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Old 07-09-2011, 07:46 AM
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Poto Poto is offline
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Location: San Diego, CA
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Default What I did on my summer vacation...

You may have noticed that I didn't post much for two weeks, ending last weekend. I was fortunate enough to be on vacation - Sharon and I got 8 blissful days by ourselves at my parent's cabin ("The Shack") in the woods north of Toronto.

I had been very impressed and inspired by that Japanese video of the giant xylophone that played Jesu Joy of Man's Desiring in the woods, using a ball rolling down the xylophone to strike the keys:

YouTube - ‪Lights Out.Bach's Jesu, Joy of Man's Desiring,Touchwood SH-08C‬‏

So I decided to make my own in the woods around The Shack. I decided to limit myself to the tools available at the shack: axe, splitting maul, 2 wedges, small hammer, Japanese saw, 3/4" chisel, really crappy Mastercraft block plane, some nails, Japanese sharpening stones.

I decided to have it play a 7-note arpeggio that is our family's whistle, handed down from generation to generation (I'm at least the 3rd - maybe 4th generation). It's really helpful for finding people in crowds (we're short people). If you know solfeggio, the tune would go "soh soh soh mi mi mi doh".

The first issue was making some boards to support the keys, and some keys. I decided to make the boards by splitting a 4 foot cedar log. I used the axe, splitting maul, wedges and hammer to split the log in half, and then into quarters. Each quarter was triangular in cross section. I then took the two straightest quarters and flattened them into long boards by planing off the wide-end corners, and planing them to the same dimensions. That took about 2 days....

Here are the leftovers of the board making:

The leftover quarters are near the top of the picture.

I needed something to hold the wood while I worked it with the plane and chisel, so I improvised a work bench:

It was the stump - about 2.5 feet across - of an old cherry tree that had been cut down. I hammered big galvanized nails into it to act as bench dogs. It was quite liberating not worrying about ruining the surface of the bench! It worked really well. Way better than some expensive Roubo...

I made the keys out of a maple branch that I split lengthwise into half-rounds. I tuned them by cutting them to length, and tapping them with a stick to hear what note they were playing. They made a lovely "tock" sort-of sound.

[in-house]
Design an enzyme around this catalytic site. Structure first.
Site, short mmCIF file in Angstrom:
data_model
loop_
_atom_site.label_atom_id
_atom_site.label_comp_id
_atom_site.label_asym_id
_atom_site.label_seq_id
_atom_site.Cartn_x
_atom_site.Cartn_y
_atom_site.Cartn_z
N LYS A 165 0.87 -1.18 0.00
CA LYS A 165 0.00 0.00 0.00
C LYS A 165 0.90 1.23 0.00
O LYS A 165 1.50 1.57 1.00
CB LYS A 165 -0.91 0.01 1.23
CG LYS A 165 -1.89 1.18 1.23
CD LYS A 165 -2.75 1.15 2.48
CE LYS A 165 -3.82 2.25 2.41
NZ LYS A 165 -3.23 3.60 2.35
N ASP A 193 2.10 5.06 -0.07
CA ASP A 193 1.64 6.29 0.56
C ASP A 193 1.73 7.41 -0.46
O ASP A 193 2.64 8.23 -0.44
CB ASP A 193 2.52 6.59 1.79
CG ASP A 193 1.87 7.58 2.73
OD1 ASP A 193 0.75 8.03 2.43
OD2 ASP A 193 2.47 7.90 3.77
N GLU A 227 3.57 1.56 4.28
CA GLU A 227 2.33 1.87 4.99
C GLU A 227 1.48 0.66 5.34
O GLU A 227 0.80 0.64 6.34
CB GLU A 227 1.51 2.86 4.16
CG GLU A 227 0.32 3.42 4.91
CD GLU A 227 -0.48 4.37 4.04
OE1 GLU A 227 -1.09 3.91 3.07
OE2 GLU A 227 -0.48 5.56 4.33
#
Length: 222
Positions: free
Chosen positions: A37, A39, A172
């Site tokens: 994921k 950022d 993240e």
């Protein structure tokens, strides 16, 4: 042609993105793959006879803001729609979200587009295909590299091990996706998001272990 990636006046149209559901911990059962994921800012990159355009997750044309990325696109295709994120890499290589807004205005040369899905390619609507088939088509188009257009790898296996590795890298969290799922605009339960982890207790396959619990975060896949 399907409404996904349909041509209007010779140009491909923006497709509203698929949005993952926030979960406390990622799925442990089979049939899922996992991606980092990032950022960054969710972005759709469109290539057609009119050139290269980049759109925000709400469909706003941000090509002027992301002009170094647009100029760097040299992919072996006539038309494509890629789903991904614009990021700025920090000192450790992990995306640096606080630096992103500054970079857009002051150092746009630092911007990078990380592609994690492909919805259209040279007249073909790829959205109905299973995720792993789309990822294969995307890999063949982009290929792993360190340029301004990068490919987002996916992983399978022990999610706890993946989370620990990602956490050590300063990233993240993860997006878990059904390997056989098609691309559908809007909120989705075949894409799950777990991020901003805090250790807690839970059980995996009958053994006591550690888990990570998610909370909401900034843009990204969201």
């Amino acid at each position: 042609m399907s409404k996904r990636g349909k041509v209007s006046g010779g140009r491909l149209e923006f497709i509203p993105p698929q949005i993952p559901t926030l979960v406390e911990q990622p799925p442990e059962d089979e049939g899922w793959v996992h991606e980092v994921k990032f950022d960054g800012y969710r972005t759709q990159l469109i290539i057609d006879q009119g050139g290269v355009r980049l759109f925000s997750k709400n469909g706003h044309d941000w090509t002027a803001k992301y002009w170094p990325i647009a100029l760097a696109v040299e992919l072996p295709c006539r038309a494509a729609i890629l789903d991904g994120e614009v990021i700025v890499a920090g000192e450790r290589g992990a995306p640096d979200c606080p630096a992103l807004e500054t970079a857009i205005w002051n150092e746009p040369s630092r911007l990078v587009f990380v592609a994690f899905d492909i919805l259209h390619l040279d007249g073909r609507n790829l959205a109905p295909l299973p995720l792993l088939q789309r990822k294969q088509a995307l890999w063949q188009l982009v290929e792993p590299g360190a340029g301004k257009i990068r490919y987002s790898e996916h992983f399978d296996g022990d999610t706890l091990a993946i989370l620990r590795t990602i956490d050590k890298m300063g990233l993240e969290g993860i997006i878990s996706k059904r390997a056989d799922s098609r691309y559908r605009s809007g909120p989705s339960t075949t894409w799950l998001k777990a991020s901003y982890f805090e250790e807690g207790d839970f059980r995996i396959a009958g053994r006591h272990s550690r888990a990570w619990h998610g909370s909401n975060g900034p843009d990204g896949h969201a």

I then cut a staircase pattern in the two support boards to take the keys. I was worried about how fast the ball would roll down the ramp, but I didn't have time (or the wood) to experiment much. I then mounted the two support boards between two small maple trees up the hill behind The Shack:

I mounted the keys by drilling holes through the keys into the supports (I forgot to mention that I had a set of drill bits and a big brace - the bits DID NOT fit in the brace. It was quite a challenge...). I then put a bamboo skewer through the hole into the support to hold the key steady. I could still resonate, but wouldn't fall off.

The top key has a little "V" cut into it to locate the ball at the start. I was stumped about what to play the keys with, until I saw a bunch of used golf balls at the village hardware store - 12 for $0.99. Good deal - I got 4.

I mounted the whole thing to the trees with 4 long nails, which I left sticking out of the boards. That allowed me to pull a nail out to give some adjustment to the height and angles of the boards. That way I could make sure that the ball rolled down the center. Sort of.

Okay. Here's a video of the whole thing. Sharon was rolling the ball, and it happened that she was in a bad mood at the time (we were about to leave - the end of our vacation, and I had made her walk up the hill in her Berkenstocks...), so the balls didn't get released quite as gently as one might have liked. But you can get an idea of what was supposed to happen...

The second ball is probably the best one.

My admiration for the gigantic Japanese xylophone kept growing. Controlling the ball speed requires some very precise angles, which I could not achieve.

I'll have to try again next summer...
I don't have as many Festools as Fred. Or Marcou's, or Brese's, or Lie-Nielsen's, or Lee Valley's, or Blue Spruce's, or Harold and Saxon's, or...

Last edited by Poto; 07-09-2011 at 07:52 AM.
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